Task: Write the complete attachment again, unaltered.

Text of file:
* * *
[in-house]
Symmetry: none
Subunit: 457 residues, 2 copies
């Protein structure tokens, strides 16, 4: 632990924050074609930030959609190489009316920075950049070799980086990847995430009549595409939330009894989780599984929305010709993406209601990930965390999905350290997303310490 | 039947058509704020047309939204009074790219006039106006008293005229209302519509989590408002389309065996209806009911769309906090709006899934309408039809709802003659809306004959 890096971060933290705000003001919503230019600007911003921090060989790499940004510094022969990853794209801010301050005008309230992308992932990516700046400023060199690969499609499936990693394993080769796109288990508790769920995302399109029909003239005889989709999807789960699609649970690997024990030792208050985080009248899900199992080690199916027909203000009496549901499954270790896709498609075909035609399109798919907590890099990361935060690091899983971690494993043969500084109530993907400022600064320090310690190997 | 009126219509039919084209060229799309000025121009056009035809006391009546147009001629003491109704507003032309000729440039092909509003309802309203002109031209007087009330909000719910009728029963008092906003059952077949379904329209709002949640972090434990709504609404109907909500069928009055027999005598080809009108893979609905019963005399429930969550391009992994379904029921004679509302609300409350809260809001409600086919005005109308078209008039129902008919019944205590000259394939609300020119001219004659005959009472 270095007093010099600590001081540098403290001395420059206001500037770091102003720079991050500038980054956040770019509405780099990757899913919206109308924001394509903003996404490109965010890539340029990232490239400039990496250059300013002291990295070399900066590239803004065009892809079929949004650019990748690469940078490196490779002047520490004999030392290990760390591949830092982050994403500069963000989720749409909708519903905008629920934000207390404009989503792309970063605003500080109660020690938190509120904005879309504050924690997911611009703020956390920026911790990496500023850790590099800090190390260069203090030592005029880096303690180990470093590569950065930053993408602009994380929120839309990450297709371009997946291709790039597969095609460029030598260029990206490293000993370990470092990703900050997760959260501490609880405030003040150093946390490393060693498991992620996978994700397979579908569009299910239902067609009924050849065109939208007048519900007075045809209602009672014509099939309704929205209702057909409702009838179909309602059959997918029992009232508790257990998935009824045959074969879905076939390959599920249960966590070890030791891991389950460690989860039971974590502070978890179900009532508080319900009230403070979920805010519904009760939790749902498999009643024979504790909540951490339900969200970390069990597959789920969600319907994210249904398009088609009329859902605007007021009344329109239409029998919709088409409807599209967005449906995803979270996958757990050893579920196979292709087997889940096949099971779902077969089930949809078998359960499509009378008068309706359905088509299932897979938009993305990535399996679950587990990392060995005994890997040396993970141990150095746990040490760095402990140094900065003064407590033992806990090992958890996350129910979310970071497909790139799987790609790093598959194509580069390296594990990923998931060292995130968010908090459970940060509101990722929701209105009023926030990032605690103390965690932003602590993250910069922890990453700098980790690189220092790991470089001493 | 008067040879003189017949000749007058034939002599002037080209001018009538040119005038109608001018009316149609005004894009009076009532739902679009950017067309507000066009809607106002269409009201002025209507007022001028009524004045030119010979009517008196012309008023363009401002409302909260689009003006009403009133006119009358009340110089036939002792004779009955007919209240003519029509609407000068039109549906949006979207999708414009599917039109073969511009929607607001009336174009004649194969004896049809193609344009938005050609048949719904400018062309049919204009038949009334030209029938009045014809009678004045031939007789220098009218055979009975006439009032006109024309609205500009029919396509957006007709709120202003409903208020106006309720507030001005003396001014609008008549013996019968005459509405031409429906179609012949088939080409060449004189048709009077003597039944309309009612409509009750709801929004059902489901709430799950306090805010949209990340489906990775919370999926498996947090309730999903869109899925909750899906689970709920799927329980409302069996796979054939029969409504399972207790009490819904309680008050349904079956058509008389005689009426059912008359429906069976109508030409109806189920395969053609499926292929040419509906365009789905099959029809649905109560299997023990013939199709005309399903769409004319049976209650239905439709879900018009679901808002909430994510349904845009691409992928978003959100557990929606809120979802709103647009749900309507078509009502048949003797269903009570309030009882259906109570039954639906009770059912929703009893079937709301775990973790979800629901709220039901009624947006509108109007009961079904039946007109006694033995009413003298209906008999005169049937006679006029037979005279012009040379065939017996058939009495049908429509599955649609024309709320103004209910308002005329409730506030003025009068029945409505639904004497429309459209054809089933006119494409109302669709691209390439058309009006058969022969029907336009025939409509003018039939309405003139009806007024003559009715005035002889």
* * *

[in-house]
Symmetry: none
Subunit: 457 residues, 2 copies
């Protein structure tokens, strides 16, 4: 632990924050074609930030959609190489009316920075950049070799980086990847995430009549595409939330009894989780599984929305010709993406209601990930965390999905350290997303310490 | 039947058509704020047309939204009074790219006039106006008293005229209302519509989590408002389309065996209806009911769309906090709006899934309408039809709802003659809306004959 890096971060933290705000003001919503230019600007911003921090060989790499940004510094022969990853794209801010301050005008309230992308992932990516700046400023060199690969499609499936990693394993080769796109288990508790769920995302399109029909003239005889989709999807789960699609649970690997024990030792208050985080009248899900199992080690199916027909203000009496549901499954270790896709498609075909035609399109798919907590890099990361935060690091899983971690494993043969500084109530993907400022600064320090310690190997 | 009126219509039919084209060229799309000025121009056009035809006391009546147009001629003491109704507003032309000729440039092909509003309802309203002109031209007087009330909000719910009728029963008092906003059952077949379904329209709002949640972090434990709504609404109907909500069928009055027999005598080809009108893979609905019963005399429930969550391009992994379904029921004679509302609300409350809260809001409600086919005005109308078209008039129902008919019944205590000259394939609300020119001219004659005959009472 270095007093010099600590001081540098403290001395420059206001500037770091102003720079991050500038980054956040770019509405780099990757899913919206109308924001394509903003996404490109965010890539340029990232490239400039990496250059300013002291990295070399900066590239803004065009892809079929949004650019990748690469940078490196490779002047520490004999030392290990760390591949830092982050994403500069963000989720749409909708519903905008629920934000207390404009989503792309970063605003500080109660020690938190509120904005879309504050924690997911611009703020956390920026911790990496500023850790590099800090190390260069203090030592005029880096303690180990470093590569950065930053993408602009994380929120839309990450297709371009997946291709790039597969095609460029030598260029990206490293000993370990470092990703900050997760959260501490609880405030003040150093946390490393060693498991992620996978994700397979579908569009299910239902067609009924050849065109939208007048519900007075045809209602009672014509099939309704929205209702057909409702009838179909309602059959997918029992009232508790257990998935009824045959074969879905076939390959599920249960966590070890030791891991389950460690989860039971974590502070978890179900009532508080319900009230403070979920805010519904009760939790749902498999009643024979504790909540951490339900969200970390069990597959789920969600319907994210249904398009088609009329859902605007007021009344329109239409029998919709088409409807599209967005449906995803979270996958757990050893579920196979292709087997889940096949099971779902077969089930949809078998359960499509009378008068309706359905088509299932897979938009993305990535399996679950587990990392060995005994890997040396993970141990150095746990040490760095402990140094900065003064407590033992806990090992958890996350129910979310970071497909790139799987790609790093598959194509580069390296594990990923998931060292995130968010908090459970940060509101990722929701209105009023926030990032605690103390965690932003602590993250910069922890990453700098980790690189220092790991470089001493 | 008067040879003189017949000749007058034939002599002037080209001018009538040119005038109608001018009316149609005004894009009076009532739902679009950017067309507000066009809607106002269409009201002025209507007022001028009524004045030119010979009517008196012309008023363009401002409302909260689009003006009403009133006119009358009340110089036939002792004779009955007919209240003519029509609407000068039109549906949006979207999708414009599917039109073969511009929607607001009336174009004649194969004896049809193609344009938005050609048949719904400018062309049919204009038949009334030209029938009045014809009678004045031939007789220098009218055979009975006439009032006109024309609205500009029919396509957006007709709120202003409903208020106006309720507030001005003396001014609008008549013996019968005459509405031409429906179609012949088939080409060449004189048709009077003597039944309309009612409509009750709801929004059902489901709430799950306090805010949209990340489906990775919370999926498996947090309730999903869109899925909750899906689970709920799927329980409302069996796979054939029969409504399972207790009490819904309680008050349904079956058509008389005689009426059912008359429906069976109508030409109806189920395969053609499926292929040419509906365009789905099959029809649905109560299997023990013939199709005309399903769409004319049976209650239905439709879900018009679901808002909430994510349904845009691409992928978003959100557990929606809120979802709103647009749900309507078509009502048949003797269903009570309030009882259906109570039954639906009770059912929703009893079937709301775990973790979800629901709220039901009624947006509108109007009961079904039946007109006694033995009413003298209906008999005169049937006679006029037979005279012009040379065939017996058939009495049908429509599955649609024309709320103004209910308002005329409730506030003025009068029945409505639904004497429309459209054809089933006119494409109302669709691209390439058309009006058969022969029907336009025939409509003018039939309405003139009806007024003559009715005035002889």